But I don’t understand how this is affecting you if you are using genuine chips and drivers?

I’ve used multiple Microchip products in the past, although not that one specifically, but all have worked as advertised. I am assuming they are providing a licensed driver with it?

We have not been directly affected by this, and don’t expect ever to be. However, we are also not directly responsible for sourcing the exact chips on our boards. We design a board, and submit it to a layout house that orders parts and solders everything up for us, then flashes the boards with our firmware and delivers ready to ship products. We have no control over where or how they get the parts for the board. I’ve read today about some people being burned because their fab / layout houses are sourcing the knockoff chips either intentionally (to save a few bucks) or inadvertently because their further-upstream supplier has done so. There is a long chain of entities involved in getting a finished board, and several of them have the opportunity to do this with zero knowledge of the end customer.

Yeah, they are intentionally doing this to only non-FTDI chips, and have admitted it.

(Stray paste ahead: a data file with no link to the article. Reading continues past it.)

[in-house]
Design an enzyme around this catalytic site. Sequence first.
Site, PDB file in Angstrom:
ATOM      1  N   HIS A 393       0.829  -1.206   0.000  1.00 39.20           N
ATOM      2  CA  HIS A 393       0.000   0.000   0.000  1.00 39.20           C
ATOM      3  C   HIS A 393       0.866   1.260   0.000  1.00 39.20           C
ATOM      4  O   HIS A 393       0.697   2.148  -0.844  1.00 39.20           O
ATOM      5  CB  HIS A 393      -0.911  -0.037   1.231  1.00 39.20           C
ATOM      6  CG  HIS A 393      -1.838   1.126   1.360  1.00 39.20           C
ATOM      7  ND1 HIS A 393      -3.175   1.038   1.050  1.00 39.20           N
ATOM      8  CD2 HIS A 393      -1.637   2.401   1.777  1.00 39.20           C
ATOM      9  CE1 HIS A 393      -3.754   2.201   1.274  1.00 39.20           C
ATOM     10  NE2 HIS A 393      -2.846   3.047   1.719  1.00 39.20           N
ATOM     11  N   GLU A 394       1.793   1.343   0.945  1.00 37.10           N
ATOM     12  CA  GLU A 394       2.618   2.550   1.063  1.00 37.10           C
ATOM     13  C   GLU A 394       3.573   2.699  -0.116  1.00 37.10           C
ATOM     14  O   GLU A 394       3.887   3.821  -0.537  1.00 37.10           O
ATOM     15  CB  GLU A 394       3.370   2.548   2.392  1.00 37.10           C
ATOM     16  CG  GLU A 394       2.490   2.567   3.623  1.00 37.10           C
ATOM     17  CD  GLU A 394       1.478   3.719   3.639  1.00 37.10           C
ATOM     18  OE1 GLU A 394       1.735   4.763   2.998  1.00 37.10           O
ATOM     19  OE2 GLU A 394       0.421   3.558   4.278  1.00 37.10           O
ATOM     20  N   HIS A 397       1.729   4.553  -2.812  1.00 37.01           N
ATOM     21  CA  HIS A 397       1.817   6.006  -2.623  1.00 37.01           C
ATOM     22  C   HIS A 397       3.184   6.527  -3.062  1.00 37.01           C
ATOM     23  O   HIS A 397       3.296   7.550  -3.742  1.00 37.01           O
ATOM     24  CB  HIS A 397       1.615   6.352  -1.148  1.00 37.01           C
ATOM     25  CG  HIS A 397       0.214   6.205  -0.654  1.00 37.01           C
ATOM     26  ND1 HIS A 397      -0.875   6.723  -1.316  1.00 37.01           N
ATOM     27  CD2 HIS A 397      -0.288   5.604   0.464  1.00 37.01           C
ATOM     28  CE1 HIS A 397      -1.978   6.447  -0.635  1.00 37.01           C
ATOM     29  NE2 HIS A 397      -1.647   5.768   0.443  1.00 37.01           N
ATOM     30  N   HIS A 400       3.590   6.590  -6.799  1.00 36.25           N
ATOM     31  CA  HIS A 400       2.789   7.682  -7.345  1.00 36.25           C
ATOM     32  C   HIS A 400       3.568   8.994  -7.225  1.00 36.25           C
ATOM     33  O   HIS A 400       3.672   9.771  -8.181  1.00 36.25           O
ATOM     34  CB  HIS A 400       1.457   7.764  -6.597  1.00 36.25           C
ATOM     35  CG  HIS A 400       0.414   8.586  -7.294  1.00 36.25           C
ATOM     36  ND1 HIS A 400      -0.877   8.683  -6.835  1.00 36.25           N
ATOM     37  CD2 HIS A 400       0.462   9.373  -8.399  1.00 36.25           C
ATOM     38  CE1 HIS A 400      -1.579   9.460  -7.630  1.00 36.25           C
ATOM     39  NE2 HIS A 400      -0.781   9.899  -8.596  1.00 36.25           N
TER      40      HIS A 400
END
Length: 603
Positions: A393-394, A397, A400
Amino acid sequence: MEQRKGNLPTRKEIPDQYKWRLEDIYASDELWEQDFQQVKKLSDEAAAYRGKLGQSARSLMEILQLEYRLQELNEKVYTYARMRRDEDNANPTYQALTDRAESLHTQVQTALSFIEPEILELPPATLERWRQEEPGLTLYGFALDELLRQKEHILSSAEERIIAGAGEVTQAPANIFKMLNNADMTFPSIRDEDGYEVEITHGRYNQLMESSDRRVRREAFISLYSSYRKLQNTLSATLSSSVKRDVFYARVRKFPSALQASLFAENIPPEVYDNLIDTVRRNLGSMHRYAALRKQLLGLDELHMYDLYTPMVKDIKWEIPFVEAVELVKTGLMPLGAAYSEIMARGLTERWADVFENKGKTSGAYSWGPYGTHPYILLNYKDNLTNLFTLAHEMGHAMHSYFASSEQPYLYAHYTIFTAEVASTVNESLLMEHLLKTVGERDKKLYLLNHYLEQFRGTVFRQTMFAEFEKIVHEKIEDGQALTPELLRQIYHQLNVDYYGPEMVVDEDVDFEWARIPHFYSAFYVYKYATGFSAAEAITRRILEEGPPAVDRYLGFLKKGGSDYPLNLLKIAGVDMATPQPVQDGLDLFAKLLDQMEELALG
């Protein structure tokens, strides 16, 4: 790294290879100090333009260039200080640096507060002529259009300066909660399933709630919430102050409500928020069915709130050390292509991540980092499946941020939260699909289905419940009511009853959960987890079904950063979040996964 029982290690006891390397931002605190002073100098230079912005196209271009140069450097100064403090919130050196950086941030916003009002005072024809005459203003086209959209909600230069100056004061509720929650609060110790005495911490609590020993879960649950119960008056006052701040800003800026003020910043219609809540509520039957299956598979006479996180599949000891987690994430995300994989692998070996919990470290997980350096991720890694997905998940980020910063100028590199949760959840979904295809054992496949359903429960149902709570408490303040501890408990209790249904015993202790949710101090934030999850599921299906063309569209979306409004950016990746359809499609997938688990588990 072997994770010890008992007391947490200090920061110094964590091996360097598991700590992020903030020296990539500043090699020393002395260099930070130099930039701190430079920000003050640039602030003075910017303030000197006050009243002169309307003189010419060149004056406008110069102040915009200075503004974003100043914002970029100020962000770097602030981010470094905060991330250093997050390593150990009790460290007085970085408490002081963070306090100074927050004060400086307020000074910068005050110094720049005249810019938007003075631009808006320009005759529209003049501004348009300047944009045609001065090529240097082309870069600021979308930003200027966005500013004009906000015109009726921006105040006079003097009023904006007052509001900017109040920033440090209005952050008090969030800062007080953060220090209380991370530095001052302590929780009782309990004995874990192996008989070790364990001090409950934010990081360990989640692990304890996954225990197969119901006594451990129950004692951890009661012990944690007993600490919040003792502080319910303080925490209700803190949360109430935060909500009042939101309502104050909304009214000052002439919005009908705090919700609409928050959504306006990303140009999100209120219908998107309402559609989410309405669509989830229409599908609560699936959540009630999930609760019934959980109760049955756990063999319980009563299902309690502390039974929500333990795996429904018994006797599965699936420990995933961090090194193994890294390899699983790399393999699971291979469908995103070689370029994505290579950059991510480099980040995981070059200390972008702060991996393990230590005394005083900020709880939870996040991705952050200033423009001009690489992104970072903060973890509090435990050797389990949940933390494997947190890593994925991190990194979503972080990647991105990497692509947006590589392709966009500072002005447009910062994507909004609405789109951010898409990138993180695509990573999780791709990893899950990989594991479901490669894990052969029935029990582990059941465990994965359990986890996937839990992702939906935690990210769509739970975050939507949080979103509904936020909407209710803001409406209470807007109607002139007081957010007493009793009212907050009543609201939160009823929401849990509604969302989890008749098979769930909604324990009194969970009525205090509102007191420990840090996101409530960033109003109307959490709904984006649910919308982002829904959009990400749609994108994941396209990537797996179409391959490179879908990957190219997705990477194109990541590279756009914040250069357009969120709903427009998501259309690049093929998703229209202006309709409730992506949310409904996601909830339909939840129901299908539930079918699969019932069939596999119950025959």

At any rate, I don’t want to be potentially put into a position where my customers are vulnerable to their hardware becoming bricked because a chip manufacturer decides this is the best way to deal with counterfeits. They should have simply had the driver refuse to interact with these counterfeit chips, rather than actively destroy them.

However, this really is just sort of the latest in headaches in using FTDI chips for us. Since they are really common, and since most of the devices that use them simply rely on the FTDI-supplied WHQL certified drivers available on Windows Update, we’ve run into all kinds of problems with program x attempting to talk to our devices. So we have been forced to set our devices to use a custom version of the FTDI driver that we had to take through the WHQL process ourselves (which is both expensive and takes forever). So we have our own custom driver that is available on Windows Update for our devices, that really only gets installed and works properly about 75% of the time. So 1 in 4 of our windows users have to call us for help before they can ever get their new shiny from us working because the stupid driver won’t install using Windows Update. It’s aggravating for us and for our users.

I’d really love to find a device that is either 100% USB HID compliant (i.e., essentially driverless) or that does not require such shenanigans to get a driver installed and working correctly. Recent versions of Windows that completely refuse to install non-WHQL certified drivers make this process even more painful.

We’ve been using the FT232RL for years, but would love to change to something with fewer headaches.